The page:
IE webinars

Our webinar programme offers regular sessions, which are led by IE trainers or other experts, and discuss different aspects of heritage interpretation. For a free taster session by Thorsten Ludwig, presenting the EU awarded paper ‘Engaging citizens with Europe’s cultural heritage’, see here.

For IE members, participation in IE webinars is free. Some webinars are for professional members only.

For non-IE members, the participation fees are the same as for IE individual membership. Prices depend on the average income in single countries (see here). Payment is only possible via PayPal.

If you have questions or suggestions regarding IE webinars, please contact

18 February 2021, 11:00 CET
Combining IE courses with national certification systems

During the last 15 years in Sweden, quality assessment systems have been developed for guides. There are now two connected national systems: one to make sure the guide courses reach a certain standard and one where individual guides can be tested to see if their skills reach a set competence level. The Swedish Centre for Nature Interpretation (SCNI) is trying to connect the CIG course with these two systems. At this webinar, Per Sonnvik will talk about SCNI’s experiences. He will also want to hear about your ideas and experiences on possibilities and constraints on combining the CIG course with other quality assessment systems for guides.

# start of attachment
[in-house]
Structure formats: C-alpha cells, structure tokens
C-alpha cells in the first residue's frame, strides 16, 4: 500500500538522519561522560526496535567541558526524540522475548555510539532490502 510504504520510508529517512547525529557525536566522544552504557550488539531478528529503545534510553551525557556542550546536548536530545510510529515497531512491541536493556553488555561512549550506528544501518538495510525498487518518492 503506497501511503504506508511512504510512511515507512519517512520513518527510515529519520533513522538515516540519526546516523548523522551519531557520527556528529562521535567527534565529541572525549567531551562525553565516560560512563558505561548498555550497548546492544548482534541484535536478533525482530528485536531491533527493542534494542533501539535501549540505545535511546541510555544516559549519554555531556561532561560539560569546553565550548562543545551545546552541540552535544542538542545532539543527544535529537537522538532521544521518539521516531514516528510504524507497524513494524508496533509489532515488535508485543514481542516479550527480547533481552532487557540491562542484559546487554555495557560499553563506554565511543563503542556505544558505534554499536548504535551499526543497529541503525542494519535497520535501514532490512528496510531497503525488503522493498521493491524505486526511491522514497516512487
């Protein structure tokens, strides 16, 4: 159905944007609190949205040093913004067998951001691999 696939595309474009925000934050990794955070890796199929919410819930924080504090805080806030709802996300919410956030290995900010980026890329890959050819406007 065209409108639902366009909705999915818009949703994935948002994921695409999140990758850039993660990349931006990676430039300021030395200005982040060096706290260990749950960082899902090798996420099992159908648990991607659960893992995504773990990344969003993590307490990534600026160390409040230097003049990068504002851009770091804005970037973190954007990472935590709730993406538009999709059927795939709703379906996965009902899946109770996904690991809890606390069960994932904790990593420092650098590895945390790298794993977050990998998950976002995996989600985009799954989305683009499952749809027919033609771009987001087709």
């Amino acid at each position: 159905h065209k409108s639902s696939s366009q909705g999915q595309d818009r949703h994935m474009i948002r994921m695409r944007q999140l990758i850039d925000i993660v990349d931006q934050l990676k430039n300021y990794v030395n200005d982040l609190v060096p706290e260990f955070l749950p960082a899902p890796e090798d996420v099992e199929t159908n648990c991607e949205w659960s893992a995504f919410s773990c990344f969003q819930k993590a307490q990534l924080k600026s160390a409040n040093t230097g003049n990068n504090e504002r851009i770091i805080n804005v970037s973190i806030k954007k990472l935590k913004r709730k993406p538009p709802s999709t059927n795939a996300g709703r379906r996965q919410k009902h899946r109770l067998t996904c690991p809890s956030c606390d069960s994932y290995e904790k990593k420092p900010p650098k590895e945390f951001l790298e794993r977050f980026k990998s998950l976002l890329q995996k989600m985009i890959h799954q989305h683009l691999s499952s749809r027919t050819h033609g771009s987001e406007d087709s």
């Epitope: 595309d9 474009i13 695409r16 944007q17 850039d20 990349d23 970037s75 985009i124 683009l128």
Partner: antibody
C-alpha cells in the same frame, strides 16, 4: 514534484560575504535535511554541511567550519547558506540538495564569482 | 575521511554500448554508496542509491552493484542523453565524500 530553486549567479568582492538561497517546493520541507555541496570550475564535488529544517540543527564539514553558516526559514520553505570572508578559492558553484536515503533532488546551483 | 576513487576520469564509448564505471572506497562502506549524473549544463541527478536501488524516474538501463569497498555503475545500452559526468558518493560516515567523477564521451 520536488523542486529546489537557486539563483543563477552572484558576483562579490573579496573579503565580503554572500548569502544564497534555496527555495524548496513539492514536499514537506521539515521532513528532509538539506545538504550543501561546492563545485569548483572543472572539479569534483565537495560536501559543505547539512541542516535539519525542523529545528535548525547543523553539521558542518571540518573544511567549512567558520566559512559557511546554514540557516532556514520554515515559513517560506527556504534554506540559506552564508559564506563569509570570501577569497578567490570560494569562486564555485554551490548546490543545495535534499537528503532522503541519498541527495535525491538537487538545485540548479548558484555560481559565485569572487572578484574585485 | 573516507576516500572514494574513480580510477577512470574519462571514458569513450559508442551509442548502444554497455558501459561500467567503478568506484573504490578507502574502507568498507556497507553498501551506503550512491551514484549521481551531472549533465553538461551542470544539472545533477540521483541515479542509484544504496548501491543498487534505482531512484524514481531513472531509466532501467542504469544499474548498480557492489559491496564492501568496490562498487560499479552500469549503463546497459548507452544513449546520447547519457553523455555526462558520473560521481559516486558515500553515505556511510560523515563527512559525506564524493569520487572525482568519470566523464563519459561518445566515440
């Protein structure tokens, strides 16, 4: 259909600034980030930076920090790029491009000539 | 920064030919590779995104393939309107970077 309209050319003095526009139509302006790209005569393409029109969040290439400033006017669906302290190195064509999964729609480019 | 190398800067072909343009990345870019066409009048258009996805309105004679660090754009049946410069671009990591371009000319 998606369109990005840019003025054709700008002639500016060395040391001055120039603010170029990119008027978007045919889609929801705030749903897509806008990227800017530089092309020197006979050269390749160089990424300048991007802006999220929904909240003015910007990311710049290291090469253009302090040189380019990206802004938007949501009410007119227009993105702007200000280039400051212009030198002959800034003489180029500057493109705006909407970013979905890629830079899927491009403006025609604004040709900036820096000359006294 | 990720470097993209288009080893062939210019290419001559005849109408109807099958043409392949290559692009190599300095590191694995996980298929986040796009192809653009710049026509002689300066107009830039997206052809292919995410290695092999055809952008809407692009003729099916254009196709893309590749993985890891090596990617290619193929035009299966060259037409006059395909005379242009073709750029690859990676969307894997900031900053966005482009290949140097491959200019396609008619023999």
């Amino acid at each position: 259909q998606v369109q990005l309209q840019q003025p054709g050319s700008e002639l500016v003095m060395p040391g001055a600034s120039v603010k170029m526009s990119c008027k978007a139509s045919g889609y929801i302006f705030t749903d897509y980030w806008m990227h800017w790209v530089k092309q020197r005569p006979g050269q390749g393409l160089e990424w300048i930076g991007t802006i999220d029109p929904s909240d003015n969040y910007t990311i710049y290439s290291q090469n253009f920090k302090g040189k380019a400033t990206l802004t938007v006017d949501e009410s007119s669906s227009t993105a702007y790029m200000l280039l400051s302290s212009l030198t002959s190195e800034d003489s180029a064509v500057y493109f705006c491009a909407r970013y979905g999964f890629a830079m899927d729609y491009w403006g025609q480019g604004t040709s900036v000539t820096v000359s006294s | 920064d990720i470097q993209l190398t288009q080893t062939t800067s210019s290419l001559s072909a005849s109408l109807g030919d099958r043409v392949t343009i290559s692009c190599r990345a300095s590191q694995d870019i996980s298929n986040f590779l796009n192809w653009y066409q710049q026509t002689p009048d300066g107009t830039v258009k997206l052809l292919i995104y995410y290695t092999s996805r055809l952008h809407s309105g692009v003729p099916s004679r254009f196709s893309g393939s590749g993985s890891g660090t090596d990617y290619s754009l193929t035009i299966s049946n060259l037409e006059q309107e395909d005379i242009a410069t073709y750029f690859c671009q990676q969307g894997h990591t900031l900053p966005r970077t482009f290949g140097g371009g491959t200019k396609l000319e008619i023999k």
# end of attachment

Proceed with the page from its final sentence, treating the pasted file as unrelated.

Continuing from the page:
Per Sonnvik works as Project Manager at the Swedish Centre for Nature Interpretation, involved with, for example, interpretive planning, national parks, visitor centers and training of guides. 

28 January 2021, 18:00 CET
Integrating interpretation in parks – The case of Norway

The field of heritage interpretation grew out of the national parks in the USA. To this day, the practice continues to have a strong connection with parks. Some parks in Europe are actively involved in interpretive planning, media development and guide programmes. However, this varies across Europe. The UK, for example, has a strong tradition for using interpretation in parks. On the other hand, in Norway, the field is little developed. Unfortunately, the full potential for interpretation in regional, nature and landscape parks has not yet been realized. But this could change by integrating interpretation in new ways in this category of parks. There are about 900 parks of this type across Europe. They have a holistic approach, focusing not only on nature protection, but also on activating the cultural heritage of their regions. They also have a bottom-up approach, ensuring participation and action from a wide range of local actors. This is all well suited to Interpret Europe with its combined goals of giving natural and cultural heritage a deeper meaning and facilitating first-hand experiences. In this webinar, we explored the connection between parks and interpretation using Norway as a case.